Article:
Dairy farmers in Busia are embracing Artificial Insemination (AI) in breeding exotic cows to bridge the 40 million litres gap of milk deficit within the county, in an effort to attain the government big 4 agenda.
The County has therefore partnered with Kenya Crops and Dairy Market Systems KCDMS, Feeds Africa and Orion Farm care enterprise through Fixed Time Artificial Insemination, where farmers get improved calves that are of high yields.
USAID has announced Feed the Future Kenya Crops and Dairy Market Systems Activity is a five-year plan (October 2017- September 2022), designed to facilitate improved productivity and development of competitive, resilient, and sustainable dairy and horticulture market systems in selected counties in Eastern and Western regions of Kenya.
Speaking in Sidende area, Bukhayo West ward in Nambale Sub County, Denis Odhiambo, a Veterinary Doctor in Busia, said they have reached to over 3,000 farmers within the county who have embraced AI technology with a view to improve breed that is more profitable with a potential yield of producing over 20 litres of milk per cow in a day compared to indigenous breeds.
“We managed to reached out to over 3,000 farmers within Busia County with the help of KCDMS, already 1500 have been inseminated trough Fixed Time Artificial Insemination. Through the process we already have 150 calves and a number of in-calves,” said Odhiambo.
“In this programme we advise farmers to keep few cows but which can produce more in terms of milk and money,” he said.
Odhiambo noted that despite the climatic condition in Busia County, which is normally hot and very hostile to dairy farming, farmers adopt the technology to produce calf that are adaptive to the environment.
“In Busia and other surrounding areas milk productivity have been very low, but with this new improvement it has really improved,” he added.
He encouraged the young generation to engage in farming, especially dairy to supply milk to the plant for value addition.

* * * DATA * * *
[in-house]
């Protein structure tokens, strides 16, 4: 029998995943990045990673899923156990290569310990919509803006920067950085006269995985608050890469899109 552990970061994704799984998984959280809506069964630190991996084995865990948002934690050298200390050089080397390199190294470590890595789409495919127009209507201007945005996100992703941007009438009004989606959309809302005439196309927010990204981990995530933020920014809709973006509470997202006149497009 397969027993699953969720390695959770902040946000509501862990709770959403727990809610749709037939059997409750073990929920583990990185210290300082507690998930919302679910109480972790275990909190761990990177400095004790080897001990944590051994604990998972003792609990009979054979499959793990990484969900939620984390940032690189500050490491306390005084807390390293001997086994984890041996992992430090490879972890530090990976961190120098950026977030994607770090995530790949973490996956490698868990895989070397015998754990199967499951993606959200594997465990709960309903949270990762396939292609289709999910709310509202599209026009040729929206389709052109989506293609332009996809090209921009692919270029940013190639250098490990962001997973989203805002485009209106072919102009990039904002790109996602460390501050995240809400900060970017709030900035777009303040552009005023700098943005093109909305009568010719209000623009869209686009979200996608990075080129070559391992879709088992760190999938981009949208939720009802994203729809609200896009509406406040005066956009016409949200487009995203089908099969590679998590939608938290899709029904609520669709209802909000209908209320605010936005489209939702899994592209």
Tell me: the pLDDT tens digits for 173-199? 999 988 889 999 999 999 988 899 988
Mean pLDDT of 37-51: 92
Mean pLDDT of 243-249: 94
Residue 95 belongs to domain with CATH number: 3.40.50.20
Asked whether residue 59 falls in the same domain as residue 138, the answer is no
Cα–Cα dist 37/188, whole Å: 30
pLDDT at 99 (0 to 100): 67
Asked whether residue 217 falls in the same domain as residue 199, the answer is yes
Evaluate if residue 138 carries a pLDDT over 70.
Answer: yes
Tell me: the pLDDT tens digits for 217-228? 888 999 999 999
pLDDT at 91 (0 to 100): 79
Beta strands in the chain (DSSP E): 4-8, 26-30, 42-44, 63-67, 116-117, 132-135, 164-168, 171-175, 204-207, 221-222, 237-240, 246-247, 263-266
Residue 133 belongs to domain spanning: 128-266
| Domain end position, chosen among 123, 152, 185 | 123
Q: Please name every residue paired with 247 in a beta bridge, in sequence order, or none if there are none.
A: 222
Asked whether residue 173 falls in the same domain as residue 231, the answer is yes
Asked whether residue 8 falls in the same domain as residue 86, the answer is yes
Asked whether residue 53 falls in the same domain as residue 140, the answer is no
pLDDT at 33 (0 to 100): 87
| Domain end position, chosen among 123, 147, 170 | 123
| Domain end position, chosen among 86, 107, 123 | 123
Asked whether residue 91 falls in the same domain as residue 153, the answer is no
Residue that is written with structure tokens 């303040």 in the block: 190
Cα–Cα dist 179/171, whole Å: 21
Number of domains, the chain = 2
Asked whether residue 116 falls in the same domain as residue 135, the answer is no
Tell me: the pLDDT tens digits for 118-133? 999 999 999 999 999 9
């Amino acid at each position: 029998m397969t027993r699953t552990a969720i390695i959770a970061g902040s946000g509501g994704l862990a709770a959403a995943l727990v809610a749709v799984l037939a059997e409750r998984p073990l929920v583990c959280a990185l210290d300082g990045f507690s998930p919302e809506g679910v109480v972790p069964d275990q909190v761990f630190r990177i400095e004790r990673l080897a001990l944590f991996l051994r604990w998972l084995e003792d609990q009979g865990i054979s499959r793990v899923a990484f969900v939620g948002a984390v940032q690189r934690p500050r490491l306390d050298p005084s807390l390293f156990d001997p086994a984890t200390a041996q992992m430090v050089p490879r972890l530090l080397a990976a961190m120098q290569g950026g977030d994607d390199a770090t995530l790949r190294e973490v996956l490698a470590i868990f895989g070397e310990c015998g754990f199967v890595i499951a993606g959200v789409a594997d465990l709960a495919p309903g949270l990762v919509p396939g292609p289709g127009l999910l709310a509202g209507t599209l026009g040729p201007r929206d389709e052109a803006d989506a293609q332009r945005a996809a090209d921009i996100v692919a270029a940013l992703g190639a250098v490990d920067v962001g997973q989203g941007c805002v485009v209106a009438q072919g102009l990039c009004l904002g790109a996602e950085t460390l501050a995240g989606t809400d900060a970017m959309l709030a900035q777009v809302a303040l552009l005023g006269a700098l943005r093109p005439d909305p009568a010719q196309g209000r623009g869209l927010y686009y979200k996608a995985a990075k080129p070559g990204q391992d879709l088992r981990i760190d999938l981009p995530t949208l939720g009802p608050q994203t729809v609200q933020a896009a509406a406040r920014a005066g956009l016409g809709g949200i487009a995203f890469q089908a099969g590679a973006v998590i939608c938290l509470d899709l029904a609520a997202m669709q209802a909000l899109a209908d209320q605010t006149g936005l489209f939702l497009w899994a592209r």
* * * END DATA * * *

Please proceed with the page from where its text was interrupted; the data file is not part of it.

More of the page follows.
Busia County officer in charge of Dairy Farming, Radoli Shiundu who was also present noted that dairy farming is one of the majorly prioritized projects and being carried out in the county.
In support of this project, the county government has distributed about 1,600 dairy cows to farmers in every ward for the past 5 years now. Busia County has developed two dairy Parks in Butula and Teso North sub counties
“We have put in place more strategies to improve dairy farming such as donating cows known as Heifer breeds to farmers which produce close to 20 litres of milk per day,” said Shiundu.
Shiundu confirmed that since the introduction of this breeds of cows into the wards, milk productivity has risen from 26 million litres to 32 million litres in the county, which is a great improvement.
“We also give seeds to farmers for the dairy feeds which helps in feeding our indigenous cows in the villages in order to produce high yields,” noted Shiundu.
He also thanked the county government through the leadership of the Governor Sospeter Ojaamong for creating employment opportunities to the youth employed as extension officers in various wards in the county to educate farmers on dairy farming.
The KCDMS Production Director, Seth Byake added that they seek to contribute significantly to the achievement of the Global Food Security Strategy (GFSS) goals of poverty reduction, enhanced nutrition social inclusion and resilience in Kenya.
“We seek to promote Kenya-led, Kenya-owned, and Kenya managed programming to stimulate change and growth across multiple sectors also support farmers by giving them fodder varieties which are adaptable to the environment of Busia,” he said.
Byake noted that they also provide private sector players with infrastructure to ensure accessibility and availability of accessories supporting insemination process are available locally thus reducing the cost of doing business with Busia farmers.
Joyce okwara, a farmer from Sidende in Nambale Sub County who is a beneficiary of this project said that her life has changed a lot since she started dairy farming. She is now able to sustain her family with profit from the intervention.
Okwara thanked the county government for introducing the project and encouraged other farmers to join the project, as this will change their lives for good.
By Absalom Namwalo and Frodah Namayi